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Pharmacological, experimental therapeutic, and transcranial magnetic stimulation treatments for compulsivity and impulsivity

  • Stefano Pallanti (a1) (a2) (a3) and Eric Hollander (a3)

Obsessive-compulsive disorder (OCD) has been recently drawn apart from anxiety disorder by the Diagnostic and Statistical Manual of Mental Disorders, 5th edition (DSM-5) and clustered together with related disorders (eg, hoarding, hair pulling disorder, skin picking), which with it seems to share clinical and neurophysiological similarities. Recent literature has mainly explored brain circuitries (eg, orbitofrontal cortex, striatum), molecular pathways, and genes (eg, Hoxb8, Slitrk5, Sapap3) that represent the new target of the treatments; they also lead the development of new probes and compounds. In the therapeutic field, monotherapy with cognitive behavioral therapy (CBT) or selective serotonin reuptake inhibitors (SSRIs) is recommendable, but combination or augmentation with a dopaminergic or glutamatergic agent is often adopted. A promising therapy for OCD is represented by repetitive transcranial magnetic stimulation (rTMS), which is suitable to treat compulsivity and impulsivity depending on the protocol of stimulation and the brain circuitries targeted.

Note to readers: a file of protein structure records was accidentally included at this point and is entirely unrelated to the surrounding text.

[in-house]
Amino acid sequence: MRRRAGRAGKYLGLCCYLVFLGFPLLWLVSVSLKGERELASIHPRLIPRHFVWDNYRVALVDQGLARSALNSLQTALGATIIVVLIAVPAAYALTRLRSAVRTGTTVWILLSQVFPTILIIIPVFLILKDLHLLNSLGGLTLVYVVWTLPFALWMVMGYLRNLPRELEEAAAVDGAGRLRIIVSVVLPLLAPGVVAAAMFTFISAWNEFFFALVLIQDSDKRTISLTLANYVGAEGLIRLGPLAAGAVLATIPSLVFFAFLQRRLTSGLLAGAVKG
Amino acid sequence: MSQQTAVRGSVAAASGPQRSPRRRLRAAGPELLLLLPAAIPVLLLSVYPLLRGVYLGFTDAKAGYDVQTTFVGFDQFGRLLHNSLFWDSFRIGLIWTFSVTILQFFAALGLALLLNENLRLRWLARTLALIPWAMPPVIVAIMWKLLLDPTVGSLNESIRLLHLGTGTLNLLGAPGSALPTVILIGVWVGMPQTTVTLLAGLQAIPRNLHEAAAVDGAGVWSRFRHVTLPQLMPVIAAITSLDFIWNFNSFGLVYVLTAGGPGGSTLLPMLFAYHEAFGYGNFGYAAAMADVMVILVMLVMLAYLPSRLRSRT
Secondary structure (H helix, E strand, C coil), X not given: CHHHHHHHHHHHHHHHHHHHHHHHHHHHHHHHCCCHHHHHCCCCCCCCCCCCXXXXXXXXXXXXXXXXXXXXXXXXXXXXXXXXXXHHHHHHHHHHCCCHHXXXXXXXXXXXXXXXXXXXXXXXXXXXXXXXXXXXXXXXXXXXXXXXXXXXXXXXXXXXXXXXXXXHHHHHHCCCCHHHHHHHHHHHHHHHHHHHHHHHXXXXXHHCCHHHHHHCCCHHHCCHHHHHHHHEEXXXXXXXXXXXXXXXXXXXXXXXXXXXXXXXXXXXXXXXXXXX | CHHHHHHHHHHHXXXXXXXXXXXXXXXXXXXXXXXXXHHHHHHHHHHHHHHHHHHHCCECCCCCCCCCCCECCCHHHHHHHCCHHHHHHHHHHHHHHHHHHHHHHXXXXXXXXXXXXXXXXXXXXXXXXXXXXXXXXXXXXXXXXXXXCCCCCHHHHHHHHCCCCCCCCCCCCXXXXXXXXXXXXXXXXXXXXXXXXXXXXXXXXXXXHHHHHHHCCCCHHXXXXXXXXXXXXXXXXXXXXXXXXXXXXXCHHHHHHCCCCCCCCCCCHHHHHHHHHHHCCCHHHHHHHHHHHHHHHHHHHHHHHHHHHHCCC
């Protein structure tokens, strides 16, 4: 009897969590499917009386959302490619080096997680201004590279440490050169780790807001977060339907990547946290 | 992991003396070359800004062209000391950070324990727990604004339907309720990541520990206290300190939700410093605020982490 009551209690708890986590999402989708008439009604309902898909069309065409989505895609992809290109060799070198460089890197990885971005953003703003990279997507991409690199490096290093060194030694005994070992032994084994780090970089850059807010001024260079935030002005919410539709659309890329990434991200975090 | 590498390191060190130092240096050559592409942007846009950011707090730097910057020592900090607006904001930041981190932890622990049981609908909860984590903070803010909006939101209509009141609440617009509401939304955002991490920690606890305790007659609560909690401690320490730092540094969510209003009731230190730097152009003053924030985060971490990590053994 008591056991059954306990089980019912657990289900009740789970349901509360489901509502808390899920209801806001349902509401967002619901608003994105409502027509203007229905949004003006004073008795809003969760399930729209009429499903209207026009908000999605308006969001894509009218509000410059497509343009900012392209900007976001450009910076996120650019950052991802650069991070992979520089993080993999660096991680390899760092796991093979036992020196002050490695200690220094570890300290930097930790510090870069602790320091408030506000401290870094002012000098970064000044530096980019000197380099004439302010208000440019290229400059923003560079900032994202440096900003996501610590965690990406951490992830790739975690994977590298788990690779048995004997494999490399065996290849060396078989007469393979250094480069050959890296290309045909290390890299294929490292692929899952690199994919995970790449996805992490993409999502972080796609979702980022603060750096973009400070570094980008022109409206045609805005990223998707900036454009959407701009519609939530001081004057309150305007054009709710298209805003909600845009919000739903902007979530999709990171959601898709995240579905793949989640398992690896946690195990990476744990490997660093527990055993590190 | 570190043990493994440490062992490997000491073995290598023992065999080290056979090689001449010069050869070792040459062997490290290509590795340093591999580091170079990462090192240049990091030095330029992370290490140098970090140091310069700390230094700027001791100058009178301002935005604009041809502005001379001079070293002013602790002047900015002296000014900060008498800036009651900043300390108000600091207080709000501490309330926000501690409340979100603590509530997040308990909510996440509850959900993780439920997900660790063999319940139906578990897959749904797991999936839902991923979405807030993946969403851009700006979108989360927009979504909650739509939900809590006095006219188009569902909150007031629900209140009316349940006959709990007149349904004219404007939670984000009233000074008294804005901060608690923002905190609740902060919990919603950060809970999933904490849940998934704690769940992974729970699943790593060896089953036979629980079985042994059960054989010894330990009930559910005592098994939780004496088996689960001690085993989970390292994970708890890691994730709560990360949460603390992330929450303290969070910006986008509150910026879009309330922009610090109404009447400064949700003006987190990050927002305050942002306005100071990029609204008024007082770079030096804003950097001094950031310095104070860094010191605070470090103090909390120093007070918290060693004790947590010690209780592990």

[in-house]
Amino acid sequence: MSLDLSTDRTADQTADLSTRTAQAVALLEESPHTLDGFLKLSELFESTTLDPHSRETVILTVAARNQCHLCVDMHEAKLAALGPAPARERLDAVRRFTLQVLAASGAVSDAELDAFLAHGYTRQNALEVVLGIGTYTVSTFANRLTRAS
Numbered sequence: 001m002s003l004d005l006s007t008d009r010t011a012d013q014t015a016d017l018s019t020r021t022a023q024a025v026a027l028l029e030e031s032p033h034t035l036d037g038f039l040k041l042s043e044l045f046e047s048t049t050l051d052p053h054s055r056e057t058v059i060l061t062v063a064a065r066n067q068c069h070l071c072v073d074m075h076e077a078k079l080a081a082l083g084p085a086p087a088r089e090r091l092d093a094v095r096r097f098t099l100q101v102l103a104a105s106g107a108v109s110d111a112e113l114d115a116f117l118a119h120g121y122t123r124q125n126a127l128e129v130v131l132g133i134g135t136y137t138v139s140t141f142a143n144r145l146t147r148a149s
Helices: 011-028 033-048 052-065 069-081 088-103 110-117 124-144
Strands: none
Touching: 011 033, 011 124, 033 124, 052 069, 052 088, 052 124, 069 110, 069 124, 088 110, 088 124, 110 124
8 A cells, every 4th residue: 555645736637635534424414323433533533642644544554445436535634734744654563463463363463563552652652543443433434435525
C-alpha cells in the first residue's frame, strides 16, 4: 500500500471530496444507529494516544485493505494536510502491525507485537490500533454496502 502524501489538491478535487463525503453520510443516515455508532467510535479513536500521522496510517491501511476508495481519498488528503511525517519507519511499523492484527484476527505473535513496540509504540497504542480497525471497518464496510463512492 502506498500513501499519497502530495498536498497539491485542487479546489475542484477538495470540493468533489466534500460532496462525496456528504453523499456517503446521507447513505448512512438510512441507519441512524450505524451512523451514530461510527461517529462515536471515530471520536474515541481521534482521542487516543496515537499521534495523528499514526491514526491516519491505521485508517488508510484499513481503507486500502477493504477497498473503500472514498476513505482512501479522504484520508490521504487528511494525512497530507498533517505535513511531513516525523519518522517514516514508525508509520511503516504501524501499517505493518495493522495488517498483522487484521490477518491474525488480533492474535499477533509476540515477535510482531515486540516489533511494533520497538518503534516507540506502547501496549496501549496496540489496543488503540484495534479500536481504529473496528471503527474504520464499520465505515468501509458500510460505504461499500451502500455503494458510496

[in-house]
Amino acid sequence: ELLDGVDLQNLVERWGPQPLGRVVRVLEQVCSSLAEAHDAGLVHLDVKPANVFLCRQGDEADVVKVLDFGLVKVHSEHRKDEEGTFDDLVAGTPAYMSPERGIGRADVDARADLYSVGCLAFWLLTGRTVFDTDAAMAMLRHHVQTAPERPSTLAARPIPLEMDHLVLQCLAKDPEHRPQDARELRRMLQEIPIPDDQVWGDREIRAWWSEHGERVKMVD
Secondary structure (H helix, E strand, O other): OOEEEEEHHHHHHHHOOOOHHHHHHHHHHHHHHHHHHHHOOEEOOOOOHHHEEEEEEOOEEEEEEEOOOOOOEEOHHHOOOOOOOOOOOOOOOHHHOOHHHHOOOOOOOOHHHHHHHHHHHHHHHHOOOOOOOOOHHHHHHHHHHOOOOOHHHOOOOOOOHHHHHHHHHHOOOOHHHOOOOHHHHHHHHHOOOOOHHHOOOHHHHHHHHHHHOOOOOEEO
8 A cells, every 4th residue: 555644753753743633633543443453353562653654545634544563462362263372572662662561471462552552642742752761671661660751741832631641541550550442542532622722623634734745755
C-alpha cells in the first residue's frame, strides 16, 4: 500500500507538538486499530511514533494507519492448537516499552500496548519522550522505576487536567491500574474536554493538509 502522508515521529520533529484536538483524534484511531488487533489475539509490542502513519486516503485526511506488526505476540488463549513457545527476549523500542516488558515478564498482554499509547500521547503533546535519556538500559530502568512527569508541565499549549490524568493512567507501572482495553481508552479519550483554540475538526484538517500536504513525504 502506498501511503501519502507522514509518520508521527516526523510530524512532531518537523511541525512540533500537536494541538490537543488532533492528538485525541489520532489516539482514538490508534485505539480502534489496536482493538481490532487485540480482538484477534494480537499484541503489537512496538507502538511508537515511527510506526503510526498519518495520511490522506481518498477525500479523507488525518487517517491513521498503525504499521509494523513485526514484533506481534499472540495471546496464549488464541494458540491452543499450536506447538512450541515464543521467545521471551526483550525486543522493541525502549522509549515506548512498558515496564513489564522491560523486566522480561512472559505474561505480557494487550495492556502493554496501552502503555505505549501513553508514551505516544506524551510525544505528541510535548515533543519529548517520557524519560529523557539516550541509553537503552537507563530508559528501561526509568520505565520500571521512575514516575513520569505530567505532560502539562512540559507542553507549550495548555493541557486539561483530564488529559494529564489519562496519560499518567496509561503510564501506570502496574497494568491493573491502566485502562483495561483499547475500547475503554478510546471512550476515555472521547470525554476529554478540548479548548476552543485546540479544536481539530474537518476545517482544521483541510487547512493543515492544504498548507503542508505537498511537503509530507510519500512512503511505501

Corresponding author
*Address for correspondence: Stefano Pallanti, University of Florence, School of Medicine, 50134, Florence (I); Ichan School of Medicine at Mount Sinai, NY 10029 (US); Albert Einstein College of Medicine and Montefiore Medical Center, NY 10461 (US). (Email:
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The authors thank Anna Marras, PhD, for her collaboration in editing this paper.

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